JPMorgan's Huge Upside Catalyst

| About: JPMorgan Chase (JPM)

JPMorgan Chase (NYSE:JPM) is widely regarded as one of the strongest big banks in the country, a reputation that is well-deserved. After largely coming through the financial crisis unscathed relative to some of its too-big-too-fail brethren such as Bank of America (NYSE:BAC), JPM has recently endeavored to reduce risk in the face of declining net interest margins. However, if history is a guide, we could see JPM once again begin to partake in some measured risk in its loan-making strategy in order to capture rising NIM in the future.

To understand where JPM is and where it may be going in relation to loans, deposits and margins, we first need to see where it's been. Here is a look at the nominal amounts of JPM's loans and deposits for the past ten years.

At the beginning of 2003, JPM was at about $300 billion in deposits; as of the end of last year, it was nearly quadruple that amount. The sheer size of JPM has been helped along the way by the BankOne and Washington Mutual acquisitions, as noted on the chart, but JPM has grown organically as well.

Loans haven't grown quite as rapidly in the same time period, increasing from $212 billion in 2003 to $722 billion last year. As you can see, the lines begin to diverge quite significantly starting in 2010 when JPM went "risk off" with its loan portfolio in response to the financial crisis.

Viewed another way, the graph of the loan-to-deposit ratio shows that JPM's loans are at the lowest levels at any time in the past decade as a ratio of total deposits.

At 63%, JPM has decreased its LTD ratio by 1700 bps since the number peaked in 2006. It looks like JPM may have found the ratio it wants at this point, following the sharp decline in 2010 and 2011 from 78% to current levels. The point is that JPM has a ton of room in the near future to increase its risk exposure to loans when net interest margins begin to rise. Given the historical data, it appears there is nowhere to go but up.

Given this information, what would a rise in the LTD ratio mean for earnings? I have assembled data for a scenario in which JPM begins to raise its LTD ratio gradually as NIM begins to rise. Currently, NIM is 2.4% for JPM and as we already saw, the LTD ratio is 63%.

Under my scenario, which is predicated on both an improving economy and reduced unemployment, along with the eventual unwinding of the Federal Reserve's QE Infinity, I have JPM's LTD ratio rising to 75% over four years and NIM rising to 300 bps. I fully understand many things must fall into place for this to happen and it may occur over more or less time than what I have laid out, but please understand this is my best guess of what will happen and I could be wrong. Keep in mind, however, that both of those values are well within historical norms for JPM, so the idea that those numbers will be hit in the medium term is hardly outrageous.

In terms of earnings potential, my scenario would play out as shown below.

Loans (blue line, left scale) would rise in conjunction with the LTD ratio and it is important to note that I also built in 5% deposit growth each year. Again, this may prove to be conservative or pessimistic, but I feel it is a reasonable estimate.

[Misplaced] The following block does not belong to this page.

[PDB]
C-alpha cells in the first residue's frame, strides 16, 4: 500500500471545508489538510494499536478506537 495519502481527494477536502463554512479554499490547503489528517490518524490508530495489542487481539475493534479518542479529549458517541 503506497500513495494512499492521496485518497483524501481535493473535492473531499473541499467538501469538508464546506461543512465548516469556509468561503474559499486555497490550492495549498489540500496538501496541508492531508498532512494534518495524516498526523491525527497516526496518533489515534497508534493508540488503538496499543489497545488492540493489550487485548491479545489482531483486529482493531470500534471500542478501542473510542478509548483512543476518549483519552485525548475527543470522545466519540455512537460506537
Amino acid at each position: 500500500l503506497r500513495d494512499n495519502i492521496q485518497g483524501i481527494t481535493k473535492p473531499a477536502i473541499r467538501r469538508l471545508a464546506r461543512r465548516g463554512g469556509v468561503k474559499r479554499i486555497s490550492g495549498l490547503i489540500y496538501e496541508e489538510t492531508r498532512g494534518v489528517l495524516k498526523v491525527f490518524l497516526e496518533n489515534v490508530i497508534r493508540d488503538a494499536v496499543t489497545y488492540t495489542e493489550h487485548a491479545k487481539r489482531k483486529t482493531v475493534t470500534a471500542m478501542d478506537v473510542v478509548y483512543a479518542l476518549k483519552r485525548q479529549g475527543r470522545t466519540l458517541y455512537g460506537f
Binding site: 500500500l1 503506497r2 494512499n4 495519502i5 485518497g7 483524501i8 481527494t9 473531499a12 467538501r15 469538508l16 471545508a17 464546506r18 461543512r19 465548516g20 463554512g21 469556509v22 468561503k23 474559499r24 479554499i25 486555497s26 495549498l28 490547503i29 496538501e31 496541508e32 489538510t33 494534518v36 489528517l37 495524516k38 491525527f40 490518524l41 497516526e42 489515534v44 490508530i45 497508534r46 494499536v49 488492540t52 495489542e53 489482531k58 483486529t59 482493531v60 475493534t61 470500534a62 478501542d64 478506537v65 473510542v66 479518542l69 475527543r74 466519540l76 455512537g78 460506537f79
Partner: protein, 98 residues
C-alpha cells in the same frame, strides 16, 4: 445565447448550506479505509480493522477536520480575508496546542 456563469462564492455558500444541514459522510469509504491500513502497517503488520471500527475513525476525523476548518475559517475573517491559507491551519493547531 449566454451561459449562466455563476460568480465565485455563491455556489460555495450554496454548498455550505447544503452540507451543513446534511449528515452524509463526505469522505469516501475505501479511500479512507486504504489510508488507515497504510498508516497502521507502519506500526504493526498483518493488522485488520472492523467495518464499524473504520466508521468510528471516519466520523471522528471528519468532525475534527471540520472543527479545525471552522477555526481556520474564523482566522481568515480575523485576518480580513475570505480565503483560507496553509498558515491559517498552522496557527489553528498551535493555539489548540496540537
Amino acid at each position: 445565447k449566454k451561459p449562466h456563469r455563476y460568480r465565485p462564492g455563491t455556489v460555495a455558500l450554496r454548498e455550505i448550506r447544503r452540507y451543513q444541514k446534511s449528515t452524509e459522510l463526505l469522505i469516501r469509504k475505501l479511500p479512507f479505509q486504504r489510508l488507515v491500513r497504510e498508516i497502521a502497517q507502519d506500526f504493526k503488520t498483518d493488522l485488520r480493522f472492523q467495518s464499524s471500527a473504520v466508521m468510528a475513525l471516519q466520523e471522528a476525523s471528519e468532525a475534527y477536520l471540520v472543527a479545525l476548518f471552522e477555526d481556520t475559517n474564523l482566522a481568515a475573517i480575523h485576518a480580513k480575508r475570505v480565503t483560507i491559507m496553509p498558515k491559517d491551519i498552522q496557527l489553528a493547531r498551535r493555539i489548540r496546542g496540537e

Under my scenario, loans would rise from the current level of $722 billion to about $900 billion in four years, or about 25% total. With NIM rising gradually from the current level of 2.4% to 3.0% in year four, net interest income would amount to roughly $27 billion (columns, right scale). This is in contrast to 2012's number of roughly $18 billion, or a gain of about 50% over four years.

If this were to occur as I have shown, JPM would be justified in having an additional $90 to $100 billion added to its market cap between now and such time that this occurs. This amount is derived from an additional $9 billion in net interest income with a 10 to 11 P/E ratio assigned. Granted not all of this additional net interest income would necessarily be applied to net income, however, JPM would be growing earnings and book value rapidly enough that I believe the cumulative effect of such a scenario would warrant $90 to $100 billion in market cap gains. Given JPM's market cap of $187 billion today, a 48% to 55% gain in shares is reasonable during the four-year timeframe. Thus, with simple changes in the way JPM allocates its capital and a little help from the Federal Reserve and the larger economy, JPM could end up with roughly 12% yearly gains exclusive of other measures that are intended to boost profitability, such as the company's recently announced job cuts.

JPMorgan shares aren't necessarily "cheap" by conventional measures today but as we have seen, if the company can execute over the next couple of years, the shares are very cheap indeed. Jamie Dimon is exactly the most popular man in America, but I believe he is a truly great CEO and he knows better than anyone what to do in order to take care of JPM shareholders. The company's buyback program should serve to buoy shares if macroeconomic issues flare up again and if they don't, we have seen just how good things can get for JPMorgan. Chasing shares at current levels is probably unwise; however, if we get a 5% or greater pullback, perhaps to the $46-$47 range or lower, shares would be a good buy.

Disclosure: I have no positions in any stocks mentioned, and no plans to initiate any positions within the next 72 hours. I wrote this article myself, and it expresses my own opinions. I am not receiving compensation for it (other than from Seeking Alpha). I have no business relationship with any company whose stock is mentioned in this article.